- When you have been to this many Super Bowls, you know the avalanche of congratulatory texts is part of the deal. Belichick has his advice, but players take their own approaches on the question of whether or not to text back.
It’s a modern measure of courtesy as good as any: When something great happens in your life and your phone blows up with well-wishers (and, in some cases, favor-seekers), do you get back to everybody? How long does it take? Patriots coach Bill Belichick, who's been around long enough to remember when players weren’t buried in their cell phones on every airport bus ride, has some advice for today's athletes on this front.
“Before the Super Bowl, [Belichick] tells everybody, ‘When we get down there, the best answer you can give everybody is no,’” says sixth-year safety Duron Harmon. “He says, ‘You don’t want to take away from why you’re here. Our main focus is to win a game. That’s the only reason we’re here. So you revert back to that word no, and they will understand if they truly love you.’”
That’s good advice for dealing with the distant relative who wants an all-expenses-paid Super Bowl vacation to Atlanta, but what about the myriad texts offering congratulations? Harmon, for instance, had 378 unread messages after the AFC championship game less than two weeks ago. He says he got back to every person within the week.
“When you have people who support you and congratulate you, I work hard to get back to them,” Harmon says. “Me getting back to them lets them know I appreciate them, and just shows them that I don’t take it for granted. It takes time, trust me. It took me like five days to get everybody back; 20-30 minutes at a time when you have downtime. It’s tough sometimes, because when you say ‘thank you,’ they respond back and that’s more texts.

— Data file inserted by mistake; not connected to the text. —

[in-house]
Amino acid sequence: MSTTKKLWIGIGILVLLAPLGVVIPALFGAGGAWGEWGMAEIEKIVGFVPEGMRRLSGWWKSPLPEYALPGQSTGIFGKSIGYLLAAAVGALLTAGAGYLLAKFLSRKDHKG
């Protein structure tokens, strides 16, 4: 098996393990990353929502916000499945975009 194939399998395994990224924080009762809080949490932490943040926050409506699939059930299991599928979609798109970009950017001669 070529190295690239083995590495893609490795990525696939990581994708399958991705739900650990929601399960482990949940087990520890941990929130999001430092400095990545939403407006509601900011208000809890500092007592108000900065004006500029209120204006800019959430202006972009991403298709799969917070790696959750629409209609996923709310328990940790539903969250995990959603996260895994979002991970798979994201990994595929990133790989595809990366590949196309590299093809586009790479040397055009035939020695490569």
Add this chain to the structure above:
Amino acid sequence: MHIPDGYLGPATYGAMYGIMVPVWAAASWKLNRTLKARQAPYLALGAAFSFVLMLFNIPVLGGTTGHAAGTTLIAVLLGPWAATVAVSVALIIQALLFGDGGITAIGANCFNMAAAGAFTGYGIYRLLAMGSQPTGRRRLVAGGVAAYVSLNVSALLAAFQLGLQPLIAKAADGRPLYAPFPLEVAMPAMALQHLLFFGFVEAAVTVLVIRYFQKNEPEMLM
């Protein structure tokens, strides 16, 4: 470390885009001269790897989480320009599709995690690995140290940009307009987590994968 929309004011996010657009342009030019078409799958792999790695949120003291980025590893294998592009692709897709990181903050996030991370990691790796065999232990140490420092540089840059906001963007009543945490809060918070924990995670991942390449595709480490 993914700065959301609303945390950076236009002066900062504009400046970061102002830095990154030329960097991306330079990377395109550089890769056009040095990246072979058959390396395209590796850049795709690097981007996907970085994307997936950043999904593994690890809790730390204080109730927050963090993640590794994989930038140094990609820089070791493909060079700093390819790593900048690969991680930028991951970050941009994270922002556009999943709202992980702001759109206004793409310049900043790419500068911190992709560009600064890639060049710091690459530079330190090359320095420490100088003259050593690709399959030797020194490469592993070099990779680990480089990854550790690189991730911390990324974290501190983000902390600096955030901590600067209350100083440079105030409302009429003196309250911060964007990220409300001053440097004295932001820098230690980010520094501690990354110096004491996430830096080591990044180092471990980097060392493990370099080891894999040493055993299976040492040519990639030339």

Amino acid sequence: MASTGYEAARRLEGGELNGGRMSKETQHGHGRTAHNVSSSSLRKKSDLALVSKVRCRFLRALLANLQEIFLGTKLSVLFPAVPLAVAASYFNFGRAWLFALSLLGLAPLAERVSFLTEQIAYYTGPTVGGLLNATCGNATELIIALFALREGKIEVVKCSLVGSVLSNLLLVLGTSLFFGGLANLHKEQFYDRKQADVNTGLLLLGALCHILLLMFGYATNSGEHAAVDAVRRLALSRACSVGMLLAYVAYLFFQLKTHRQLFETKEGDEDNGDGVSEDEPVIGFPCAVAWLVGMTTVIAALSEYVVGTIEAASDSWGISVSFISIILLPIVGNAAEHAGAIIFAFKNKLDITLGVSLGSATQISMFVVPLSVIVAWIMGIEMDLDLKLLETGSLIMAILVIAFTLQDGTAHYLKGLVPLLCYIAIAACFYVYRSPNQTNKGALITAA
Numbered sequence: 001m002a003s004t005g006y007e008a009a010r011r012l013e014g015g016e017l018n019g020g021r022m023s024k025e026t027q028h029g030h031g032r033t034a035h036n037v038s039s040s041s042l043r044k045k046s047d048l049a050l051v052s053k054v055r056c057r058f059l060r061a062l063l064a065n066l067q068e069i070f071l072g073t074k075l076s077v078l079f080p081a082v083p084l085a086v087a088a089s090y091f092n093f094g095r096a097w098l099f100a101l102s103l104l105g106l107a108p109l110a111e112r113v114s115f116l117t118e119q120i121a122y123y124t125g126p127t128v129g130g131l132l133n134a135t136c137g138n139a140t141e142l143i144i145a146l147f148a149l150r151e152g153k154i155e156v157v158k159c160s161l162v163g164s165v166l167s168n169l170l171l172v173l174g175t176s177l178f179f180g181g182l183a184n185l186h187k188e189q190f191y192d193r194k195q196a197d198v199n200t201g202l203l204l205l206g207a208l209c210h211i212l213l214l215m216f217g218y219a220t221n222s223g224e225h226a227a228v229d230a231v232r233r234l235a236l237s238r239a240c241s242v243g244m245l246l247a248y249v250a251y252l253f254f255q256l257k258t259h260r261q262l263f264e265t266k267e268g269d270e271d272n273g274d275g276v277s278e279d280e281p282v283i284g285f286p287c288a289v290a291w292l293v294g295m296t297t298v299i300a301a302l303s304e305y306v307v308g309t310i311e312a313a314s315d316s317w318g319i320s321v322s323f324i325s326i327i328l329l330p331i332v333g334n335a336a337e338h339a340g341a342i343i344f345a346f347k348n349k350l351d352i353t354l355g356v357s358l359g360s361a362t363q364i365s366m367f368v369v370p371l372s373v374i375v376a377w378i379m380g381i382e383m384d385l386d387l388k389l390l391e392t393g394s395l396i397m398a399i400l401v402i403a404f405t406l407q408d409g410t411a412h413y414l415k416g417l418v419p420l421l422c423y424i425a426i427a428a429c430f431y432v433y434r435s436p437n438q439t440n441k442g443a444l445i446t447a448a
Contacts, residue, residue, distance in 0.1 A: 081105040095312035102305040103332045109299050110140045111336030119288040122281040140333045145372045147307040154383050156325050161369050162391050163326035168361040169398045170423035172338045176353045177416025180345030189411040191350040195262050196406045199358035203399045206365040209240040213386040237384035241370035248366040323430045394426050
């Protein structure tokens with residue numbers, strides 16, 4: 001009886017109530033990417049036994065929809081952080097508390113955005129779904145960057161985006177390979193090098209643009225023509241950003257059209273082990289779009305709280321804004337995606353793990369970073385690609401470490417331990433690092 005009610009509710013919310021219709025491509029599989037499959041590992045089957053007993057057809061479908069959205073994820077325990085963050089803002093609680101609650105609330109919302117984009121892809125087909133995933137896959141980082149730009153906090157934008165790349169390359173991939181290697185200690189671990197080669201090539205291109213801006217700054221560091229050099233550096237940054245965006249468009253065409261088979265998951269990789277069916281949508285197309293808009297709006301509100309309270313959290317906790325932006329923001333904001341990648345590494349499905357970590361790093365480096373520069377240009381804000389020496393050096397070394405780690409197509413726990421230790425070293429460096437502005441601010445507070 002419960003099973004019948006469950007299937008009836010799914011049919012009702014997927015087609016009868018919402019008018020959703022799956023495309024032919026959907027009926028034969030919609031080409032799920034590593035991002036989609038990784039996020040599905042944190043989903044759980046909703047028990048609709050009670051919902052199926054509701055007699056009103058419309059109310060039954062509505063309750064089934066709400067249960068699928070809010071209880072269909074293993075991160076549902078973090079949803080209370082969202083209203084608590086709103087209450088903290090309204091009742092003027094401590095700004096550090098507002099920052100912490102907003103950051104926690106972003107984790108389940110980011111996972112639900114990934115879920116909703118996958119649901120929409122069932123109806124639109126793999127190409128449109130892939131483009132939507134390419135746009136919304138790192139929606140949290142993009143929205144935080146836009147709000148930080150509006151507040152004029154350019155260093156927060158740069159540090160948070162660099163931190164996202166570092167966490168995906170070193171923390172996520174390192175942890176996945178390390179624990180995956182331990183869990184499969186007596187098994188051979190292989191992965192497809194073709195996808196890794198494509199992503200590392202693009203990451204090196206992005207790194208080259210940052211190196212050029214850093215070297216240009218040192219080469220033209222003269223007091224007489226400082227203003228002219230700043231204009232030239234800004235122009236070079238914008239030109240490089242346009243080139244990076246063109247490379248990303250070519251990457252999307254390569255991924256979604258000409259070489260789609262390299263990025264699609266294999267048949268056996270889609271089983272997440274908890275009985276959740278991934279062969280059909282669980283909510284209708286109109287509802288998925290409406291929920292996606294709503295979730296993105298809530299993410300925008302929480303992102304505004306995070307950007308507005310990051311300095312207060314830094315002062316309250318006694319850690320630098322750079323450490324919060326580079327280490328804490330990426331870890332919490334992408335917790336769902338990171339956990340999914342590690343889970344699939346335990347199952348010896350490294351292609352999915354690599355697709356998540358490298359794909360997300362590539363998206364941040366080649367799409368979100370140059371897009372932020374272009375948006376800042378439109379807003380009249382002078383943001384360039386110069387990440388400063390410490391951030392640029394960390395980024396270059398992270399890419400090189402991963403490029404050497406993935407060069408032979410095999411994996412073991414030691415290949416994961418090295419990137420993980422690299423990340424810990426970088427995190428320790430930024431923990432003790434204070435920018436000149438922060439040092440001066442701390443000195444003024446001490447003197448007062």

How does third-year linebacker Elandon Roberts deal with that scenario? Simple: He doesn’t text back in the first place. To get rid of that annoying unread message icon, he just opens the message and moves on without reading.
“I don’t really get back to anybody,” says Roberts, 24. “Only the people I talk to on a regular basis. If someone says they want to come to the game I just say no. I was gonna say no even if Coach didn’t say that. I ain’t payin’ for that.”
As for the well-wishers? “If I don’t hear from you til the Super Bowl...”
Most Patriots players fall somewhere between Harmon and Roberts, though it can be difficult to admit for some. Marcus Cannon begins to divulge his strategy, then stops himself: “The people that get texted back fastest—that’s gonna sound so bad. I don’t want to do that. I can’t answer that because somebody’s gonna read that and be like, ‘Oh, O.K., that’s why I didn’t get a text back.’
“I just try to turn everything off. You gotta focus. After you get all the tickets figured out, I’m done with it. You can’t worry about that type of stuff all the way up until the game. It’s too hard.”
Like Cannon, most players on this roster have perfected their strategy over years of Super Bowl appearances. So while many Rams players are navigating this social minefield for the first time, the Patriots have tried and true methods.
“You text back the people you love first, make sure everything’s good,” says defensive end Adrian Clayborn, in his first Super Bowl as a Patriot but a member of the 2016 Falcons team that lost to New England. “Then you get to the people you haven’t talked to in 10 years.”
Defensive end Lawrence Guy doesn’t find returning texts to be a daunting task. And he’s not a fan of the copy-paste boilerplate response method employed by some. “It's not too difficult to say, “Thank you, appreciate it,’” Guy says. “I try to make it personal. I don’t like the whole copy-paste thing. Most people are on their phones half the time anyway.”
For others still sifting through their messages, there’s no sense of guilt. Most people get it. This is the Super Bowl, so you might not get a text back. “I think my phone still has 95 unread text messages," says linebacker Albert McClellan. “A lot of people understand what this game is about and that we must remain focused.”
• Question or comment? Email us at firstname.lastname@example.org.